Tag Archives: hammock

Hanging around – 12 nights in the DD Jungle Hammock 

It’s the morning after the night before (and the one before that and the one before that etc) I’ve just jumped out of my hammock and I feel… nothing. No aches, no pains, no discomfort in my crumbling dysplastic hips and none of the searing back spasms that so often follow a nights sleep in my bed at home. 

I’ve just spent a fortnight holidaying at my folks place in Italy and rather than sleep indoors, I decided to take advantage of the good weather and sling my DD Superlight Jungle hammock up in the garden for a total of 13 nights (12 in a row with one night indoors feeling rough post travel). 

The superlight is a light(er) weight version of DD’s modular jungle hammock – double layered hammock, removable mosquito net and lightweight waterproof fly sheet/tarp. The whole thing including suspension (whoopie slings) weighs 1500 grams, not ultra light compared to some shelters but not bad for a one stop shop. 

full set up earlier in the year

Due to flying with only hand luggage, I was unable to bring the poles which are used to shape the mosquito net and also provide structure to set up the tarp, so was just hanging in the hammock with the mossie net tied up to keep it off my face. Fortunately Italy, unlike the UK, actually has a proper summer so didn’t need the tarp. 

Having only previously used the hammock with it’s full compliment of poles, I was intrigued to see how it would hang without them in place.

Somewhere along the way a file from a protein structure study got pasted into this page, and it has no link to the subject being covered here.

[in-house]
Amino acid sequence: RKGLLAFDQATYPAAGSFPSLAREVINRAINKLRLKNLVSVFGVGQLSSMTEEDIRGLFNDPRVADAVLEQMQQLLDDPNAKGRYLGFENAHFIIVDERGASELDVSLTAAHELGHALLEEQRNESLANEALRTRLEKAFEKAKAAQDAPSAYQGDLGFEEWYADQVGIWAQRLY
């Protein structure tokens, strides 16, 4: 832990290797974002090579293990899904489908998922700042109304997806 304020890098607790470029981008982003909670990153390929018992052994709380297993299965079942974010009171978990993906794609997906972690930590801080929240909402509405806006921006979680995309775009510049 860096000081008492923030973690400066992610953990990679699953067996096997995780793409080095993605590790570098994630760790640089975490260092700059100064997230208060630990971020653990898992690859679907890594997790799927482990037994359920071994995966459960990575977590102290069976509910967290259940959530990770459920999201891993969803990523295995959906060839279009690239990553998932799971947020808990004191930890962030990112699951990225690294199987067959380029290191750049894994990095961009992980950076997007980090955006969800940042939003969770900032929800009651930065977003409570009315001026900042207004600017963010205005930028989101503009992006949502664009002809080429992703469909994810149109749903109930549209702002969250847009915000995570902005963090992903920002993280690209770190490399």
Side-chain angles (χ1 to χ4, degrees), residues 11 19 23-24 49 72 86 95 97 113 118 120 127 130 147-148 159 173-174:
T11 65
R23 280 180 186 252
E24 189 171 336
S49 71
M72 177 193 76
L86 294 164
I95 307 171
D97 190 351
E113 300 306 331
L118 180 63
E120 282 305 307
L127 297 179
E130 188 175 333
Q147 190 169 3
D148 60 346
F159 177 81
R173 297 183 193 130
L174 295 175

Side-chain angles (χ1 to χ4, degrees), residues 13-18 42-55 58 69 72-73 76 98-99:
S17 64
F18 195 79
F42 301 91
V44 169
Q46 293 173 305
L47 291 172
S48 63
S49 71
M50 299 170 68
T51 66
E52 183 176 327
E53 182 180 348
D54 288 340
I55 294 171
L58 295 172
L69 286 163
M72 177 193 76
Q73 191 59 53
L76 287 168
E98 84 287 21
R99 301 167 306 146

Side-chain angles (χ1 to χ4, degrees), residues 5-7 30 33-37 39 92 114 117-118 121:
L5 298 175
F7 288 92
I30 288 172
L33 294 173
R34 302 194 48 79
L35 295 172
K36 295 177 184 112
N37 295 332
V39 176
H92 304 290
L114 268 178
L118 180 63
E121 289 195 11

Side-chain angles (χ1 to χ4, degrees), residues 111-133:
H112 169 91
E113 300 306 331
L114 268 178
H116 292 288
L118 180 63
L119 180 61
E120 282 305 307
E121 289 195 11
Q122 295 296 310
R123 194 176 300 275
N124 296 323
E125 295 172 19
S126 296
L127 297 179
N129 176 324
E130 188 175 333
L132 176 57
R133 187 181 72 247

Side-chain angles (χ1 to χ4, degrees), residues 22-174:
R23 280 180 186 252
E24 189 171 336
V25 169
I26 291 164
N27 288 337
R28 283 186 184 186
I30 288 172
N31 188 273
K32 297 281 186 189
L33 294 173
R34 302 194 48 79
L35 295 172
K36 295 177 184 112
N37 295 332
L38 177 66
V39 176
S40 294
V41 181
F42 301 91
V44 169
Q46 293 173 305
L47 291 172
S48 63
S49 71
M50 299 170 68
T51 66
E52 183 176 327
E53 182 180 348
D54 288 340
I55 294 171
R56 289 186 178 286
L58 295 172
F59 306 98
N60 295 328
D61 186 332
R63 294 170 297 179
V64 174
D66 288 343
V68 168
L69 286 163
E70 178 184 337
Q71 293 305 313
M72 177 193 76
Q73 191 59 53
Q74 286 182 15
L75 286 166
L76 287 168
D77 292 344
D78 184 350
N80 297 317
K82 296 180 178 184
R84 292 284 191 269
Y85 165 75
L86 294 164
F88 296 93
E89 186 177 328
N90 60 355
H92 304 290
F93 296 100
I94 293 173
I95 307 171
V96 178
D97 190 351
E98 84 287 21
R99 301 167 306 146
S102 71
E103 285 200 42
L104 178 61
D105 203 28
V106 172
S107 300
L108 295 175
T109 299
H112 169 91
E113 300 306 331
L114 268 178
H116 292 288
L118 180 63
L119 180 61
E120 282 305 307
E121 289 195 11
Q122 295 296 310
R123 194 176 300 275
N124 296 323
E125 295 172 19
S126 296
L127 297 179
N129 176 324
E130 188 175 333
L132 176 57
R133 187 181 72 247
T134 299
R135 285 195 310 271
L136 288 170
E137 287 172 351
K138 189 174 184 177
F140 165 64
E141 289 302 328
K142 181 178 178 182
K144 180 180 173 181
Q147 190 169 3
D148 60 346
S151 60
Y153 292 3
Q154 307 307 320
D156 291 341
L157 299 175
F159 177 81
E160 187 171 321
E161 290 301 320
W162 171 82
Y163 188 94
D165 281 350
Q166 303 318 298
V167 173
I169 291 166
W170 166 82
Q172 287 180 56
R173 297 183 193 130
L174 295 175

The general consensus to getting a comfortable nights sleep in a hammock is to aim for a 30 degree hang (plenty of sag) and to sleep on the diagonal, avoiding such issues as leg hyperextension and pressure points around the ankles. 

When using the DD with it’s poles and net/tarp in place, I’ve found that too much sag affects the structure of the hammock resulting in a tarp that is baggy, thus creating folds of material for rainwater to pool in. I therefore tend to set the hammock up with anchor points a little below head height and set the whoopie sling suspension relatively taught, creating a flatter hammock and smoother tarp. As well as provide structure for the net and tarp, the poles help to spread the hammock out creating enough width to be able to sleep on a shallow diagonal.

On this occasion without the poles, I decided to hang in accordance with conventional wisdom and set my tree huggers up at head height and the suspension relatively relaxed. 

Initially I struggled to get comfortable, without the poles acting to spread the hammock it felt somewhat coffin like. The sides of the hammock would pull up taught making the whole hammock very narrow and difficult to get much of a diagonal lay.